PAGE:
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Remember the Alamo


Sent from my iPhone using Tapatalk
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Old 02-23-2017, 11:36 PM   #27
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Nice
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Old 02-23-2017, 11:45 PM   #28
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Quote:
Originally Posted by AZST_bowhunter View Post
Well it is a little inaccurate...there is a Mexico flag flying over the Alamo!!
The flag that flew over the Alamo had the red white and green bars but it was not the Mexican flag. It had the date1824 on it to represent the Texans fight to restore the Mexican constitution of 1824. That was one of the reasons the rebelling started in East Texas, changes and amendments to that document.
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Old 02-23-2017, 11:48 PM   #29
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Also remember most Texans were illegal immigrants who defeated their new countries military after revolts and protests.
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Old 02-24-2017, 12:15 AM   #30
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Now you're talking! I look forward to this thread all year.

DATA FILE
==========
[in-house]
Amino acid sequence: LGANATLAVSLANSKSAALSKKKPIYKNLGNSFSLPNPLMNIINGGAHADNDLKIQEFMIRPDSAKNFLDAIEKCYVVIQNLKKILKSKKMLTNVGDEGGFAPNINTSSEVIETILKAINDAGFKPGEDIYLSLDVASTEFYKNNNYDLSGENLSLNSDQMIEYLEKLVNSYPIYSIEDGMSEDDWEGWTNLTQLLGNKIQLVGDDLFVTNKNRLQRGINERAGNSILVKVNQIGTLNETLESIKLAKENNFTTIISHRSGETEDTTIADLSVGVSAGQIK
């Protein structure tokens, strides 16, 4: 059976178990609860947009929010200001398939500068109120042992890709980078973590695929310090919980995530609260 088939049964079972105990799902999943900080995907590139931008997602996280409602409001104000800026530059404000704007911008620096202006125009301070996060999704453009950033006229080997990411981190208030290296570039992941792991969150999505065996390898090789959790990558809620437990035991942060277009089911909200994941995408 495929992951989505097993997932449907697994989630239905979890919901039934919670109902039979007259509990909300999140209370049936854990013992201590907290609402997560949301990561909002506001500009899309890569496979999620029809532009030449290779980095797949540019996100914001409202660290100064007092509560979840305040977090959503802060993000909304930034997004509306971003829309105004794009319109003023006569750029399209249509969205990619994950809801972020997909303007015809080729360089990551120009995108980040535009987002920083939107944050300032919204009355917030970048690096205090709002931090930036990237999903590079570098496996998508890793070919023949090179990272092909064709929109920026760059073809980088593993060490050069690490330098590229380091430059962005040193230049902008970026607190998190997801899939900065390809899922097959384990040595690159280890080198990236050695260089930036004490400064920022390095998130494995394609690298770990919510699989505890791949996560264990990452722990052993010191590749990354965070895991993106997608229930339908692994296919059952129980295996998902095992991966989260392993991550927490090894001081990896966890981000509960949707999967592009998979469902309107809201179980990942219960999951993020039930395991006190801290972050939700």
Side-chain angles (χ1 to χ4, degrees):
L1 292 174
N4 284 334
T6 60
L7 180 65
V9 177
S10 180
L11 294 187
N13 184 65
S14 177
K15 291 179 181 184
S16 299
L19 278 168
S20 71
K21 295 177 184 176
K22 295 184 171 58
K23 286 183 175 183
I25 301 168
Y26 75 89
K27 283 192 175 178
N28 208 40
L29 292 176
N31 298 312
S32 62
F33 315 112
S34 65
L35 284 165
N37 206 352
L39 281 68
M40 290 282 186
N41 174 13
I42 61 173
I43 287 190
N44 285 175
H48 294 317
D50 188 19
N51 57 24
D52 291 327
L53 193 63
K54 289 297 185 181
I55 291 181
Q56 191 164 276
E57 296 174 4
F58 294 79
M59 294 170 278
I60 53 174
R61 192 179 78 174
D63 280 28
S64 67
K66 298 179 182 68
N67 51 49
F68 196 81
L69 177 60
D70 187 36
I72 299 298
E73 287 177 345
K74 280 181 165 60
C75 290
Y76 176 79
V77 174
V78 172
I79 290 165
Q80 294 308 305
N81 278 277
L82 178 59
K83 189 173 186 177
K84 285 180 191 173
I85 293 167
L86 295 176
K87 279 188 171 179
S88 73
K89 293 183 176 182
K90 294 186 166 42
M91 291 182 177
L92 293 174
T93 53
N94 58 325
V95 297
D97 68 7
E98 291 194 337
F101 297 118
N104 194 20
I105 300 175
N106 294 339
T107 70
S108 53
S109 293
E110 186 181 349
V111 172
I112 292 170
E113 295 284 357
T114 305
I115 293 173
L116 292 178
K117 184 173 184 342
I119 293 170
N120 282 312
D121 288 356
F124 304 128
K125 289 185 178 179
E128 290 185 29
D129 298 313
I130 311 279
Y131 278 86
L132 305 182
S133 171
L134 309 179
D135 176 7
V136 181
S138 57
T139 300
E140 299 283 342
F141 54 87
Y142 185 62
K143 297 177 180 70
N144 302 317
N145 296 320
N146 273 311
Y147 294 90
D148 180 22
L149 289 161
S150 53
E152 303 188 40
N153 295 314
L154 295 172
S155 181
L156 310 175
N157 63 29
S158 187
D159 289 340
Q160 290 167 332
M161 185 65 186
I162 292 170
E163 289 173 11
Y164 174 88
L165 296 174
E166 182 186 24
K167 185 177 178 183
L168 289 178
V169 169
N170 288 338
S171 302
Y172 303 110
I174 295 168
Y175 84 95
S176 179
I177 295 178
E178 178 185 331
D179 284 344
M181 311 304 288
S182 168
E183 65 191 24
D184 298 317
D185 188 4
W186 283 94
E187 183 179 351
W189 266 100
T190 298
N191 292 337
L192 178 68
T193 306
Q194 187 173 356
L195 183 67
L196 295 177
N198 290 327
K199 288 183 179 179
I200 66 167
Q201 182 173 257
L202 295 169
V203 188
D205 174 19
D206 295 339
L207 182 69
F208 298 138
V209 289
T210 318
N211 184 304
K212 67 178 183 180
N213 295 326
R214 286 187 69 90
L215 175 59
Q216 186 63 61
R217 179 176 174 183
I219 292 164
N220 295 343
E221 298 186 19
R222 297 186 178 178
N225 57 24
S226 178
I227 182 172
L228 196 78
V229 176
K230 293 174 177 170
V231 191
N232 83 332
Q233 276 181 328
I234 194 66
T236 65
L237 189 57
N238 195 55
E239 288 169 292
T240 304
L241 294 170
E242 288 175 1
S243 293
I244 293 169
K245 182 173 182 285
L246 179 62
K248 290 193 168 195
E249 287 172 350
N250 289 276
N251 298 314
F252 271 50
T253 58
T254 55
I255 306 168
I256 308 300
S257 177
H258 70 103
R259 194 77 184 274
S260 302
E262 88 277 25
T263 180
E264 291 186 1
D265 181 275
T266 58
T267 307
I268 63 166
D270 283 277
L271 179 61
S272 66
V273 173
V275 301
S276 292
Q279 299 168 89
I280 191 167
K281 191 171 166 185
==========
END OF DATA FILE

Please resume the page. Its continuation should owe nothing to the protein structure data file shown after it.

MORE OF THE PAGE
This
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Old 02-24-2017, 06:58 AM   #31
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Quote:
Originally Posted by AntlerCollector View Post
Enjoy these very much.
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Old 02-24-2017, 09:14 AM   #32
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Day 2 - Wednesday, February 24, 1836

The second day of the siege began early with the Texians facing a newly established battery erected by the Mexicans during the night. The battery consisted of two eight-pounders and a howitzer and was located approximately 400 yards to the west of the fort. It was known as the River Battery.

The defenders were busy that night as well. They had captured at least one Mexican soldier and six pack mules during a nighttime patrol. According to Enrique Esparza, the defenders used the captured soldier to decipher bugle calls for the Texians throughout the siege.

Sometime around eleven that morning, Santa Anna began his survey of the Alamo fortifications and surrounding area to familiarize himself with the area.

The Mexican army pillaged the Texian's stores in Béxar and began the bombardment of the Alamo in earnest. The Texian artillery returned fire with no obvious results.

James Bowie, in command of the garrison, fell ill. The garrion's surgeon described his illness as a "A peculiar disease of a peculiar nature." Jim Bowie relinquished his command of the garrison to Travis.

The Alamo's well proved inadequate in supplying the garrison's water needs. This forced the defenders to obtain water from the acequia and reservoir to east of the compound setting the stage for several skirmishes.

Travis penned his "Victory or Death" letter. Defender Albert Martin carried the letter from the Alamo and added his own comments to the back of the document.

To the People of Texas & All Americans in the World

Fellow citizens & compatriots